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    Relic Of Antarctica's First Plane Found On Ice-Edge

    Read Me

    Quote: CAPE DENISON, Antarctica (Reuters) An Antarctic expedition has found what it believes to be remains of the first aeroplane brought to the frozen continent, on an icy shore near where it was abandoned almost a century ago...

    Does anyone have a picture of the plane in question? (or similar plane?)
    sigpicHindsight is what you see from the tailgunner's position...

    #2
    See here

    Al

    Comment


      #3
      I believe it was abandoned by the Mawson Expedition before the Great War, it never flew in Antarctica but converted to tow sledges. Haven't got the revelant book to hand today.

      Comment


        #4
        .

        Relic of Antarctica's first plane found on ice-edge
        Pauline Askin
        CAPE DENISON, Antarctica
        Fri Jan 1, 2010 10:49pm ESTRelated NewsAntarctic expeditioners to have a truly white Christmas
        Thu, Dec 24 2009
        Antarctic researchers need solid sun block: study
        Mon, Dec 21 2009CAPE DENISON, Antarctica (Reuters) - An Antarctic expedition has found what it believes to be remains of the first aeroplane brought to the frozen continent, on an icy shore near where it was abandoned almost a century ago.

        Science

        Australia has searched for many years for the old single-propeller Vickers plane at Cape Denison, where the nation's most famous polar explorer, Douglas Mawson, abandoned it after it proved to be a failure during his 1911-14 expedition.

        "Luck has been on our side and it's been a great episode in the history of Antarctic aviation," said Dr Tony Stewart, leader of the current expedition, after the chance discovery on New Year's day.

        Another member of the expedition, which is dedicated to restoring Mawson's original wooden huts at Cape Denison, stumbled on pieces of rusted metal tubing among ice-encrusted rocks on the shore of Commonwealth Bay at an especially low tide. They match structural iron tubing from the single-winged plane's fuselage.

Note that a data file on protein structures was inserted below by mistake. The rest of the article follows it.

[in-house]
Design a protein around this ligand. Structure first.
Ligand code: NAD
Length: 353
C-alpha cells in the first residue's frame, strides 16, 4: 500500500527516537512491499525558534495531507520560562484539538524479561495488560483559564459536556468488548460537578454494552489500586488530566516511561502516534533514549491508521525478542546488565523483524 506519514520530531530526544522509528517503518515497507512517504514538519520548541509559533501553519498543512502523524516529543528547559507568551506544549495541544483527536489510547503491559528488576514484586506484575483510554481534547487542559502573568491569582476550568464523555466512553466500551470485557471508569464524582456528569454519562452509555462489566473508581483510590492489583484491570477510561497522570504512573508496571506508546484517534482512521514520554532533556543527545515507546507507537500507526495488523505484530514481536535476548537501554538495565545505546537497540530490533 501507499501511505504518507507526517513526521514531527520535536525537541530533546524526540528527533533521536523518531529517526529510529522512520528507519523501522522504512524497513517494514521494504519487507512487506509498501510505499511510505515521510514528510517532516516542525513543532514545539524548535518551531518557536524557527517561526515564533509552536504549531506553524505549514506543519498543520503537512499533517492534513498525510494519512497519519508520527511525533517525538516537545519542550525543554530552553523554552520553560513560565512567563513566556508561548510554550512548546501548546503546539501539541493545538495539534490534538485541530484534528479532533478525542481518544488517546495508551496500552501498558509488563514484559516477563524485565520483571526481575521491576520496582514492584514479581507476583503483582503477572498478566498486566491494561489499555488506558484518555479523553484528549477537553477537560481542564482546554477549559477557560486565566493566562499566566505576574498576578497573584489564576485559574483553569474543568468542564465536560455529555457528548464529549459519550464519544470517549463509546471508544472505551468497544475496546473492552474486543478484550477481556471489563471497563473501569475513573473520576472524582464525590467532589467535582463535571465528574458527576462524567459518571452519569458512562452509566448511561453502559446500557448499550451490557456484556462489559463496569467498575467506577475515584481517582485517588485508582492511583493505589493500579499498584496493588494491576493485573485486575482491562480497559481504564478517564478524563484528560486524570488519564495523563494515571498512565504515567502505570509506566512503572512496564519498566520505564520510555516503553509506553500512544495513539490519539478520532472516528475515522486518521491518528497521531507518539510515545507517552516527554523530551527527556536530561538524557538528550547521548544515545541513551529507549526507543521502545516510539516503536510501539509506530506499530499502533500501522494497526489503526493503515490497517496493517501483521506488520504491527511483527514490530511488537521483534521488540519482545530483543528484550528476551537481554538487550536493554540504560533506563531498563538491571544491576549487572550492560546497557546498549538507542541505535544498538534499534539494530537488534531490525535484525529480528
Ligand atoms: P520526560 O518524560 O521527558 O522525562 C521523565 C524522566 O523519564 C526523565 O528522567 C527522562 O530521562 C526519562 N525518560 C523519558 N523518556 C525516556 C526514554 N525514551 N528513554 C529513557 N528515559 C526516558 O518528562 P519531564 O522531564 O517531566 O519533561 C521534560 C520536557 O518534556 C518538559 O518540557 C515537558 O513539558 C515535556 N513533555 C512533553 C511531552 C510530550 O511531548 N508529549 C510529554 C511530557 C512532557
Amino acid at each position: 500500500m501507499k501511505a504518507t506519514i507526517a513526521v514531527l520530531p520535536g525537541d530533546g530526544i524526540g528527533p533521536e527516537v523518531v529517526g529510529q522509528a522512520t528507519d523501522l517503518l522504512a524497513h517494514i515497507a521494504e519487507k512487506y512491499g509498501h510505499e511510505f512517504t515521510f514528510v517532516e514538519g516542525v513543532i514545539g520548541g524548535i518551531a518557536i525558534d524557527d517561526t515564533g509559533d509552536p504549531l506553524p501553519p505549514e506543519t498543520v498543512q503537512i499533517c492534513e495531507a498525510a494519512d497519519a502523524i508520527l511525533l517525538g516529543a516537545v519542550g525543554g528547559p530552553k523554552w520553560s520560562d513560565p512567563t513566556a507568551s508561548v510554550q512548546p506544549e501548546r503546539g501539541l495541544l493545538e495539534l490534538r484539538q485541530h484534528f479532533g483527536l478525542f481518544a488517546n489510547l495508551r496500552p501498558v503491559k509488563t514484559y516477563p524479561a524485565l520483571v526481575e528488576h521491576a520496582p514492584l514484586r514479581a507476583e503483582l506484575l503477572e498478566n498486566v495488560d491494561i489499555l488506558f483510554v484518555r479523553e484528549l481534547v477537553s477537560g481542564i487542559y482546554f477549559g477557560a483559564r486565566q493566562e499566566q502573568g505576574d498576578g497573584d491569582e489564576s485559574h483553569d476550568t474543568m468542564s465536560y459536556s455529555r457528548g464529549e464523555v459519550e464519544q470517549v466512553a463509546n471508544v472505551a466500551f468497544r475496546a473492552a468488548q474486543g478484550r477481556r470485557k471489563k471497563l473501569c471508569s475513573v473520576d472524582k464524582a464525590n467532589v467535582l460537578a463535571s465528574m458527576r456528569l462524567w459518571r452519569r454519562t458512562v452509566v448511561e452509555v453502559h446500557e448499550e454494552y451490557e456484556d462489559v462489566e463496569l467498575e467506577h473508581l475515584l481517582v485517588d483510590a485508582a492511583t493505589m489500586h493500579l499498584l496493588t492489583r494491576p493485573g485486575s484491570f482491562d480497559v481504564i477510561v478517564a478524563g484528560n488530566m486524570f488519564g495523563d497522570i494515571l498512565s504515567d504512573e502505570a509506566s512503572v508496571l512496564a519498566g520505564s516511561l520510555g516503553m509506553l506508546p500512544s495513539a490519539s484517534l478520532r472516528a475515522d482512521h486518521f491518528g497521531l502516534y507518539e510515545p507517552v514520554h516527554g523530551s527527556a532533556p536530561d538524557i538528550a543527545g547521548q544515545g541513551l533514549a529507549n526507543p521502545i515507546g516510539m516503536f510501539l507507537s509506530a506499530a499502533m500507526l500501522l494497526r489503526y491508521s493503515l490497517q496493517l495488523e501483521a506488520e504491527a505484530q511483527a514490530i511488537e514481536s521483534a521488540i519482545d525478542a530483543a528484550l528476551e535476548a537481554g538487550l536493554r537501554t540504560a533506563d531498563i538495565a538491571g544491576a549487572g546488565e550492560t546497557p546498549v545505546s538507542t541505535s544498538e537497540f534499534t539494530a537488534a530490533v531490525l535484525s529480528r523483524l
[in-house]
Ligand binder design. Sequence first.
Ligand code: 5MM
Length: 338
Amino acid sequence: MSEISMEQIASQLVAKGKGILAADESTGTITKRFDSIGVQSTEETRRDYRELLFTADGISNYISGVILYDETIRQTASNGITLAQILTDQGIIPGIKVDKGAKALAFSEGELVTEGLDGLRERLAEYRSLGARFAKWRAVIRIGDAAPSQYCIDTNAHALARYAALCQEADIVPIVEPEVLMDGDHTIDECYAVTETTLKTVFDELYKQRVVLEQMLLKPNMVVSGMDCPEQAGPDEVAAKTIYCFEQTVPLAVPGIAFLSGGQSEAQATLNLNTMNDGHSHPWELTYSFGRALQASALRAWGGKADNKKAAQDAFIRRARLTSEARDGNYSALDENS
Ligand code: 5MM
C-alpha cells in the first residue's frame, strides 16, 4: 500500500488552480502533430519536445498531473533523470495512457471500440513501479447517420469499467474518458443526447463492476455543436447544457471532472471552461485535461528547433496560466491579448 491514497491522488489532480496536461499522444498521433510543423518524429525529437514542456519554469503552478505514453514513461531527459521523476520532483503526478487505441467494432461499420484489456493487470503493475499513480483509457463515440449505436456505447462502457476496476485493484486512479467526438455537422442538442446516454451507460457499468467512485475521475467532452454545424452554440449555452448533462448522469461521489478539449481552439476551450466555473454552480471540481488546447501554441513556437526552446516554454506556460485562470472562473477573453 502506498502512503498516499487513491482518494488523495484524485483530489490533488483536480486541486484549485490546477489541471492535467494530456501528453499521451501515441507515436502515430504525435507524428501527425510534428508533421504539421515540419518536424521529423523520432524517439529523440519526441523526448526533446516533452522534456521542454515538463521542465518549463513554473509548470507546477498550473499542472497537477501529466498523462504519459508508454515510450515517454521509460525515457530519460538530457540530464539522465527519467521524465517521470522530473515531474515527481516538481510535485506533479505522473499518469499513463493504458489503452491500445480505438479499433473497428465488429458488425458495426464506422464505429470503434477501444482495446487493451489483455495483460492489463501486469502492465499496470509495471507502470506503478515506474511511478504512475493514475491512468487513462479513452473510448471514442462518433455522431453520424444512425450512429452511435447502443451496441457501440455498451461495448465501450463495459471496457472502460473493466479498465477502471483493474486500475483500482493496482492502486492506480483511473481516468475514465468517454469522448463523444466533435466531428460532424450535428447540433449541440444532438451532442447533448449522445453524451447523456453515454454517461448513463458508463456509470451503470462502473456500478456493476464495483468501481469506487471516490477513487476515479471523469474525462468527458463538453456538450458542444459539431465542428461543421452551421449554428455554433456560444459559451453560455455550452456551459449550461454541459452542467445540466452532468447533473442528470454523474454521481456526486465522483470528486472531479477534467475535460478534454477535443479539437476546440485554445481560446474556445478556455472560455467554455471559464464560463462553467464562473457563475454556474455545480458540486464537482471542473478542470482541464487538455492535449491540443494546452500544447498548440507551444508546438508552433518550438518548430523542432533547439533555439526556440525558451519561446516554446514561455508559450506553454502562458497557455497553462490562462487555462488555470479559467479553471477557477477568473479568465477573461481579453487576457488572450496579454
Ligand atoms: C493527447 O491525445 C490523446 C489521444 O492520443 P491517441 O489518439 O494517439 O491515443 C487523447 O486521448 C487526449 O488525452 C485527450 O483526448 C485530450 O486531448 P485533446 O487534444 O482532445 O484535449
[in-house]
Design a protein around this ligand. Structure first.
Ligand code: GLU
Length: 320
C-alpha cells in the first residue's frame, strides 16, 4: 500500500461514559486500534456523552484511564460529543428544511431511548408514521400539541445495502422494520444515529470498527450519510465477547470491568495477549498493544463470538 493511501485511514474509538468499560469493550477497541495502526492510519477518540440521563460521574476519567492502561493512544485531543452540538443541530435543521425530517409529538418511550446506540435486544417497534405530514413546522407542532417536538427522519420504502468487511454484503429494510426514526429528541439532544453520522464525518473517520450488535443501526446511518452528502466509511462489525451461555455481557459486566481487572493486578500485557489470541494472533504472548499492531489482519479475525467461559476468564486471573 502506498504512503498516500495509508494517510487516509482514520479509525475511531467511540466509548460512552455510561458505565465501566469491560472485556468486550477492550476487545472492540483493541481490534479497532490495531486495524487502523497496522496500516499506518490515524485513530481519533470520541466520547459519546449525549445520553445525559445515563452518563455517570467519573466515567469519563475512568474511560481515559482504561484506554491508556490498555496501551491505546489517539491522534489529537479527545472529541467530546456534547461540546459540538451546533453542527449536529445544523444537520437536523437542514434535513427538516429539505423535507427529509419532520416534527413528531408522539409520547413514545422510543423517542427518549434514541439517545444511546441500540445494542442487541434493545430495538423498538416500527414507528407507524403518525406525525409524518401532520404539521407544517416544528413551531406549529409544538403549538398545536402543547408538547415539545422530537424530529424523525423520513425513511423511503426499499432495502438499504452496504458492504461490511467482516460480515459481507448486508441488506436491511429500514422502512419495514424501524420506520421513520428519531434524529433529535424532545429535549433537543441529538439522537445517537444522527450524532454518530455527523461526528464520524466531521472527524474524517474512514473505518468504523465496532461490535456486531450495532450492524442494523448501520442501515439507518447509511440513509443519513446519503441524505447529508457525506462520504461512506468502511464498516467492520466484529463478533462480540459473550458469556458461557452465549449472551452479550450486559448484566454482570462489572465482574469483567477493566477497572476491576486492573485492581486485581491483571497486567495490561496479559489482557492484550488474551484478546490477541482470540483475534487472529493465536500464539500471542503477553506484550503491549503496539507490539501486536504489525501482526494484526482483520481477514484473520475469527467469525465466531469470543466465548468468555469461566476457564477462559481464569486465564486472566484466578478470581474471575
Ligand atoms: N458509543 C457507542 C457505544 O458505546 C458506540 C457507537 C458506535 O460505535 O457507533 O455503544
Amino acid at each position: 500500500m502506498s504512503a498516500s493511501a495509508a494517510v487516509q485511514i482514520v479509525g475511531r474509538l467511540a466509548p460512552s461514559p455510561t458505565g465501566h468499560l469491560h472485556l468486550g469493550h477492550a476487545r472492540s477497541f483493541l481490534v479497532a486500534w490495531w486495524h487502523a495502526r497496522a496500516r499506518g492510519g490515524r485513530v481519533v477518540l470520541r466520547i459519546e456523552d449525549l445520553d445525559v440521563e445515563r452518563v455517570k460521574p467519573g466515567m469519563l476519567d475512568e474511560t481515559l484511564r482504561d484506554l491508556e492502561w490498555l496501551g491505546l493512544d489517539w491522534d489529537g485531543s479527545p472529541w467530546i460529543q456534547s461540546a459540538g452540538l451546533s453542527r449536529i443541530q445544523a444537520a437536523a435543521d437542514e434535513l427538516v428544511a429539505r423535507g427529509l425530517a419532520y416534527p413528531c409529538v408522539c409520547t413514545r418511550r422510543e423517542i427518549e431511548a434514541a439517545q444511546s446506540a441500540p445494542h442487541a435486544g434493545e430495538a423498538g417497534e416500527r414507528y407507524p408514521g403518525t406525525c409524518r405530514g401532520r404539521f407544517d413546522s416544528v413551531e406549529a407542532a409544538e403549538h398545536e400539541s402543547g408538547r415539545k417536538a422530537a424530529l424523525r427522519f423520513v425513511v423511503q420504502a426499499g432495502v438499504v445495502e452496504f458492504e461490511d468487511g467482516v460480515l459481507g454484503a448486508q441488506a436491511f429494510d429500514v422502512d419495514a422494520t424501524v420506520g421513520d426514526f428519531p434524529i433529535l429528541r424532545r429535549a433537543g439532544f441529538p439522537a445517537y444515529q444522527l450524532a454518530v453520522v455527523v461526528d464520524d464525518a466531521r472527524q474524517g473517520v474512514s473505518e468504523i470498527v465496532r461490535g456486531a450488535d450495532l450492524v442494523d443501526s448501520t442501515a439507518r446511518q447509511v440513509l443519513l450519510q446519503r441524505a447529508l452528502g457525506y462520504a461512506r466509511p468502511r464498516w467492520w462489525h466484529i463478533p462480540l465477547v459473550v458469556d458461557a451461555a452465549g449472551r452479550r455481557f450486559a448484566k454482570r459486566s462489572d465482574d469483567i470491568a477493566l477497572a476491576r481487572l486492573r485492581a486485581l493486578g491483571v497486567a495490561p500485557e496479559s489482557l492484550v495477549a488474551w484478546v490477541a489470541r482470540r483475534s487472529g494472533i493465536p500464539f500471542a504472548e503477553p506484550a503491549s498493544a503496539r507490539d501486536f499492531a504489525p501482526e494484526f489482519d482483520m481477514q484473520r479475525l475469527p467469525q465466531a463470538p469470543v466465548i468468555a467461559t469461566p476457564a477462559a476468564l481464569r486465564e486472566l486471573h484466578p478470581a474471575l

Mawson's dream of staging the first human flight over the Antarctic ice cap, less than a decade after the Wright brothers made the first powered flight, was shattered even before his expedition sailed for the Antarctic from Australia in late 1911.

        The plane crashed in a demonstration flight in October that year, weeks before Mawson was due to set sail. No one was hurt, but the wings were damaged. With no time for repairs, Mawson removed the wings and took the rest of the plane, aiming to use it as a flightless "air tractor" to haul equipment across the ice.

        Even as a tractor, with its wheels replaced by sled-runners, the Vickers was a failure. Its engine seized up in the cold.

        The Mawson's Huts Foundation, an officially backed charity that funds the conservation work on site, believes the plane became entombed in ice after it was abandoned and then inched its way toward the sea with the glacial ice over the last 100 years

        "It's been an exciting search. Friday was possibly the only day in several years when the rocks were sufficiently exposed and the tide was low enough and we were here to see it," Stewart said.

        (Writing by Mark Bendeich; Editing by Jerry Norton)


        Here is the Vickers REP (probably in the UK), "complete", before it crashed when flown by Watkins in South Australia.




        1 R.E.P. 60 HP five-cylinder air-cooled semi-radial engine The very first airplane to be built by Vickers, this was a license-built French machine, designed by Robert Esnault-Pelterie. The fuselage was built in France while the wings were made in England. After being tested at Vickers' new airfield at Joyce Green, Dartford, and then at Brooklands, it was crated and shipped to Australia for use by the Australasian Antarctic Expedition. However, the wings were damaged beyond repair on October 5, 1911, during a practice flight at Cheltenham Racecourse, Adelaide, Australia, before the expedition left for the Antarctic. Minus its wings, the machine was converted into an air-tractor, and taken south, but it did not fly in the Antarctic. The first tests of the machine as an air-tractor were made on November 15, 1912. After a short trial trip on November 20, 1912, the vehicle made a successful depot-laying trip with a load of 700 pounds on December 2, 1912. At 3 PM on December 3rd, three men and the air-tractor left the expedition's base at Commonwealth Bay on a major trip. On December 4, 1912, while towing four sledges loaded with fuel and supplies, several of the pistons seized and the engine broke down. The air-tractor was left at this point, about ten miles from the base. Later another party of men recovered the air-tractor, which was taken back to Commonwealth Bay and abandoned there.






        Here is the Vickers #1 being used as the tractor sledge in Antartica.














        Its rudder was found intact encased in ice in the workshop of Mawson's base, and apparantly was photographed near the huts in 1978, but it appears from the media report that the abandoned fuselage has shifted in the ice flow to the edge of the flow and sea, and now apparantly nothing more than a debris of tubes?.




        Regards

        Mark Pilkington
        Last edited by Mark_pilkington; 2nd January 2010, 12:10.
        "Never has a Country so Big!, owed so Much!, to those who Flew!"

        Comment


          #5